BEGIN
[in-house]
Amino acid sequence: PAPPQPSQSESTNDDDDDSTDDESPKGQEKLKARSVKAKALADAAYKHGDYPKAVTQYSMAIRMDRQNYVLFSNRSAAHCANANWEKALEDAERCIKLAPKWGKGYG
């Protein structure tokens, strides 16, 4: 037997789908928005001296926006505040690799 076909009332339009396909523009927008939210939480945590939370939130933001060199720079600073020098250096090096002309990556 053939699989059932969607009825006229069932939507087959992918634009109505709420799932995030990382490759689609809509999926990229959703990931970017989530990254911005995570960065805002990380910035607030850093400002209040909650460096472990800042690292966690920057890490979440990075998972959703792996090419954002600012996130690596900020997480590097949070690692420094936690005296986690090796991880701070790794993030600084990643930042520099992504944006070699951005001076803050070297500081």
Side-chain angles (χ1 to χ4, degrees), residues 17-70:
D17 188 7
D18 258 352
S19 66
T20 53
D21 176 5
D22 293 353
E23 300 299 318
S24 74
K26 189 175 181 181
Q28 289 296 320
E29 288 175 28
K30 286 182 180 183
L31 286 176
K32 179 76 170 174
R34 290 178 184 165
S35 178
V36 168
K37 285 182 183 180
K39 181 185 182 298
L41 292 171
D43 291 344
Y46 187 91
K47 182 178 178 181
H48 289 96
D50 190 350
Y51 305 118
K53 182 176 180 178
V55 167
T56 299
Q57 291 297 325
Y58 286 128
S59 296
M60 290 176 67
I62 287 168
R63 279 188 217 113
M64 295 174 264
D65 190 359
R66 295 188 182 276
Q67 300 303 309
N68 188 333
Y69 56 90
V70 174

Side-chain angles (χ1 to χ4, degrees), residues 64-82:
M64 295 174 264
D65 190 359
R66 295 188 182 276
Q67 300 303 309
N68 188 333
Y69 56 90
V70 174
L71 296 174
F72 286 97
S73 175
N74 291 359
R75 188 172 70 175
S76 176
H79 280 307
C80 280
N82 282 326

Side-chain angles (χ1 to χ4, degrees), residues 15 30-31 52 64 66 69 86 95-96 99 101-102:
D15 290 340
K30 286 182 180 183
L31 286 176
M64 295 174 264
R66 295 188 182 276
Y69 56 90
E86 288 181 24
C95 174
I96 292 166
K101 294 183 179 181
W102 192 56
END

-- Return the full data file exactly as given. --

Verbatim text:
[in-house]
Amino acid sequence: PAPPQPSQSESTNDDDDDSTDDESPKGQEKLKARSVKAKALADAAYKHGDYPKAVTQYSMAIRMDRQNYVLFSNRSAAHCANANWEKALEDAERCIKLAPKWGKGYG
């Protein structure tokens, strides 16, 4: 037997789908928005001296926006505040690799 076909009332339009396909523009927008939210939480945590939370939130933001060199720079600073020098250096090096002309990556 053939699989059932969607009825006229069932939507087959992918634009109505709420799932995030990382490759689609809509999926990229959703990931970017989530990254911005995570960065805002990380910035607030850093400002209040909650460096472990800042690292966690920057890490979440990075998972959703792996090419954002600012996130690596900020997480590097949070690692420094936690005296986690090796991880701070790794993030600084990643930042520099992504944006070699951005001076803050070297500081």
Side-chain angles (χ1 to χ4, degrees), residues 17-70:
D17 188 7
D18 258 352
S19 66
T20 53
D21 176 5
D22 293 353
E23 300 299 318
S24 74
K26 189 175 181 181
Q28 289 296 320
E29 288 175 28
K30 286 182 180 183
L31 286 176
K32 179 76 170 174
R34 290 178 184 165
S35 178
V36 168
K37 285 182 183 180
K39 181 185 182 298
L41 292 171
D43 291 344
Y46 187 91
K47 182 178 178 181
H48 289 96
D50 190 350
Y51 305 118
K53 182 176 180 178
V55 167
T56 299
Q57 291 297 325
Y58 286 128
S59 296
M60 290 176 67
I62 287 168
R63 279 188 217 113
M64 295 174 264
D65 190 359
R66 295 188 182 276
Q67 300 303 309
N68 188 333
Y69 56 90
V70 174

Side-chain angles (χ1 to χ4, degrees), residues 64-82:
M64 295 174 264
D65 190 359
R66 295 188 182 276
Q67 300 303 309
N68 188 333
Y69 56 90
V70 174
L71 296 174
F72 286 97
S73 175
N74 291 359
R75 188 172 70 175
S76 176
H79 280 307
C80 280
N82 282 326

Side-chain angles (χ1 to χ4, degrees), residues 15 30-31 52 64 66 69 86 95-96 99 101-102:
D15 290 340
K30 286 182 180 183
L31 286 176
M64 295 174 264
R66 295 188 182 276
Y69 56 90
E86 288 181 24
C95 174
I96 292 166
K101 294 183 179 181
W102 192 56